Mansa Musa:  Well, tell us about The Bail Project. Give us an overview of what The Bail Project is and how it operates before we go into some of the aspects of cash bail.

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David Gaspar:  Yeah. The starting point is somebody finding themselves in the situation of needing assistance with bail. So this is somebody who is sitting in county jail and has not yet been convicted of anything. The only thing preventing them from actually having the freedom of being reunited with their family, as well as their ability to continue living their life, is the fact that they don’t have enough money in their pocket or enough money in their bank account. 

And so a loved one on their behalf – Could be a wife, partner, could be a child – Will reach out to us and they’ll say, hey, we have a loved one that is currently sitting in jail and could require your help. And then we’ll reach out to the individual. We’ll schedule what we call an interview, but it’s our opportunity to talk to them directly. And if we feel like we have the opportunity and the ability to be able to support them post-release, then we’ll go ahead and post their bond and then support them and return them to court successfully.

Mansa Musa:  I opened up earlier talking about how in this country, everybody has a right to bail and to not be given an excessive bail. Talk about how this cash bail draconian system got to where it’s at right now in terms of creating a roadblock for people being able to get out for no reason other than not having the ability to pay 10%. I was in the county jail and I recall a guy came in there and he had a $1,000 bail and he couldn’t pay the 10%. So what he did was wound up staying in the detention center for a year, and when he went back, the judge gave him time served. Talk about that.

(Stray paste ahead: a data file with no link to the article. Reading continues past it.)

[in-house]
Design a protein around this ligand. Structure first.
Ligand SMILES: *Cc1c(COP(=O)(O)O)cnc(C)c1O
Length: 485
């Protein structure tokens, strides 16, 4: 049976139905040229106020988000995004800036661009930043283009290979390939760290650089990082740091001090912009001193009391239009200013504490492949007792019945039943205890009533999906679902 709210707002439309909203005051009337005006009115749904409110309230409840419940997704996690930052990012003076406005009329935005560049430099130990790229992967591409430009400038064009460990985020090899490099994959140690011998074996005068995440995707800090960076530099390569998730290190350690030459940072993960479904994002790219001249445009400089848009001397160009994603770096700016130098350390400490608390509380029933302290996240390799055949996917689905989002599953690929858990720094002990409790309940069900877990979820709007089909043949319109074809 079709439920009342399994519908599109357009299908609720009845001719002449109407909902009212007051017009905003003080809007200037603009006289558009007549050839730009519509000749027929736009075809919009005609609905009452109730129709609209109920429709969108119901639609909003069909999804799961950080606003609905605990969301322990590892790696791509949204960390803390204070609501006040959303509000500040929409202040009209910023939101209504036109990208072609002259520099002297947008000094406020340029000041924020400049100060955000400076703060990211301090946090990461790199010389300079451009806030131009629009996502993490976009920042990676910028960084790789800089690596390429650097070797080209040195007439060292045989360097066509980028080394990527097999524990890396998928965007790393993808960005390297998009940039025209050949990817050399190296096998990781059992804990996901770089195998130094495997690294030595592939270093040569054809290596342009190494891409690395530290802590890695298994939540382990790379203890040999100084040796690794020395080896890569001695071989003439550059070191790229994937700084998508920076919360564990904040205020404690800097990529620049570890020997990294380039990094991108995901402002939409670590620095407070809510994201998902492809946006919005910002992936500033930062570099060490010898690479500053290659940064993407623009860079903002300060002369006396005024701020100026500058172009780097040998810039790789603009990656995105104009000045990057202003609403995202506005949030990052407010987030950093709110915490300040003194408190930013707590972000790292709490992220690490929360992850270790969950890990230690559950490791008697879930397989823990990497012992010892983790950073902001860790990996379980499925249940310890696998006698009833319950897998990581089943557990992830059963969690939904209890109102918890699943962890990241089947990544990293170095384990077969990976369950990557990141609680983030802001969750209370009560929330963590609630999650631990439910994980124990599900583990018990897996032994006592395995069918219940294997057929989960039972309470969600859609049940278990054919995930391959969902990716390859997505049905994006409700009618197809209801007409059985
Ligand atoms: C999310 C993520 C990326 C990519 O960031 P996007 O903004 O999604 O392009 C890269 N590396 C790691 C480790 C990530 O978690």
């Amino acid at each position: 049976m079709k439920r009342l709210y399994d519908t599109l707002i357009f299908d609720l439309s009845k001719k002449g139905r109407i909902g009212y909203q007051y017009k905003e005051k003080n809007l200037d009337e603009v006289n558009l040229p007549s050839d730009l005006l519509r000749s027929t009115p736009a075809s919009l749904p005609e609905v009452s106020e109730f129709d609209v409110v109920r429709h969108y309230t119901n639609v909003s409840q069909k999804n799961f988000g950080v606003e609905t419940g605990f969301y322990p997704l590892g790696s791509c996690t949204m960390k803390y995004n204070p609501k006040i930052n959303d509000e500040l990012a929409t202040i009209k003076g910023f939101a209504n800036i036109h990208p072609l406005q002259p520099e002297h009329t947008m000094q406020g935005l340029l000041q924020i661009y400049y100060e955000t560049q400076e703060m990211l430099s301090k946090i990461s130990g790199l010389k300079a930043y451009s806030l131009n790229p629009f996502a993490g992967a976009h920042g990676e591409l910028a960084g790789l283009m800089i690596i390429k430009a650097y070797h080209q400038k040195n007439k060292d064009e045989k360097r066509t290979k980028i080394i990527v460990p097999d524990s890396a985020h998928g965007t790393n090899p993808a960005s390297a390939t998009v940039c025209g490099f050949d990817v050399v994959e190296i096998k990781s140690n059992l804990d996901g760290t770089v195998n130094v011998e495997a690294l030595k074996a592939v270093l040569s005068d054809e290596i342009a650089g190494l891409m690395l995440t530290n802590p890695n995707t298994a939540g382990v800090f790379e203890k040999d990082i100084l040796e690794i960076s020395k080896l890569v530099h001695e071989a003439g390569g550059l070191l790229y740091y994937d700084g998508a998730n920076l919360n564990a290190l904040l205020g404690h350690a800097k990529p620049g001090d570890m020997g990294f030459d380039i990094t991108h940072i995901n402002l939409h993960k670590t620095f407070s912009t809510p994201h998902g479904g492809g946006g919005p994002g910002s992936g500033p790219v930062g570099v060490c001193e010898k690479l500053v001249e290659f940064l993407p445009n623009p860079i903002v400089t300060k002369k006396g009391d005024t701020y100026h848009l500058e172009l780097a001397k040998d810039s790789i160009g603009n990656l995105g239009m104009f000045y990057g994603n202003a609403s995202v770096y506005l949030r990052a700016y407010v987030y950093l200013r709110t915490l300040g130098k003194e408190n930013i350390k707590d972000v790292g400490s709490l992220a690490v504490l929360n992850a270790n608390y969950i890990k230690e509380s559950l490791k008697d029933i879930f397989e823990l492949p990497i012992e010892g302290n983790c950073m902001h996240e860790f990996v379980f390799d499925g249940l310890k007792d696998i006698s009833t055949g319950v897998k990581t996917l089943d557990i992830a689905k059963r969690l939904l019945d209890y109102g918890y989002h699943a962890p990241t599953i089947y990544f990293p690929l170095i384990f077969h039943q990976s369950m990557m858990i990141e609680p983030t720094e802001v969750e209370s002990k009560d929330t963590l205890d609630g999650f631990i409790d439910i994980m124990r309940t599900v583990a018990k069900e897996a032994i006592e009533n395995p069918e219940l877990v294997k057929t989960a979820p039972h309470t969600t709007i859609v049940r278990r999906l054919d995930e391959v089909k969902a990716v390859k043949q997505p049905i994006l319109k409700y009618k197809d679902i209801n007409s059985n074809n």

David Gaspar:  So when we’re talking about bail, it’s important to kind of ground that. This is what we see in the Constitution of the US. The protection against excessive bail is the language, but we also have the right to due process, the right to be able to face our accusers and the right to a speedy trial. And all of these rights, these principles that we stand on as a nation, they look and sound great on paper. It’s when we get to practice that we see this breakdown and what we see on TV also misinforms the public aspect. ‘Cause on TV it’s more aligned with what we see on paper. It’s a script for a narrative for a television show versus the reality that we live in. 

And so what The Bail Project’s work is, is first proving that money is the actual driver that brings people back to court. And we’ve been able to do that successfully. 92% of the people that we bail out return to court. So they’re coming back, they don’t have any money in the game, they have no personal interest other than wanting to put this to rest, put closure to it, and be able to move forward in life. And there was an article that came out last year that said more than half of our American population doesn’t even have $500 in their bank account for an emergency. So when you stop and think about how they don’t even have $500 for an emergency, now you’re going to give them a $10,000 bond. You’re going to give them a $15,000 bond. Even if it was a $500 bond, what you’re doing is depleting that household by any means that they have to respond to an emergency.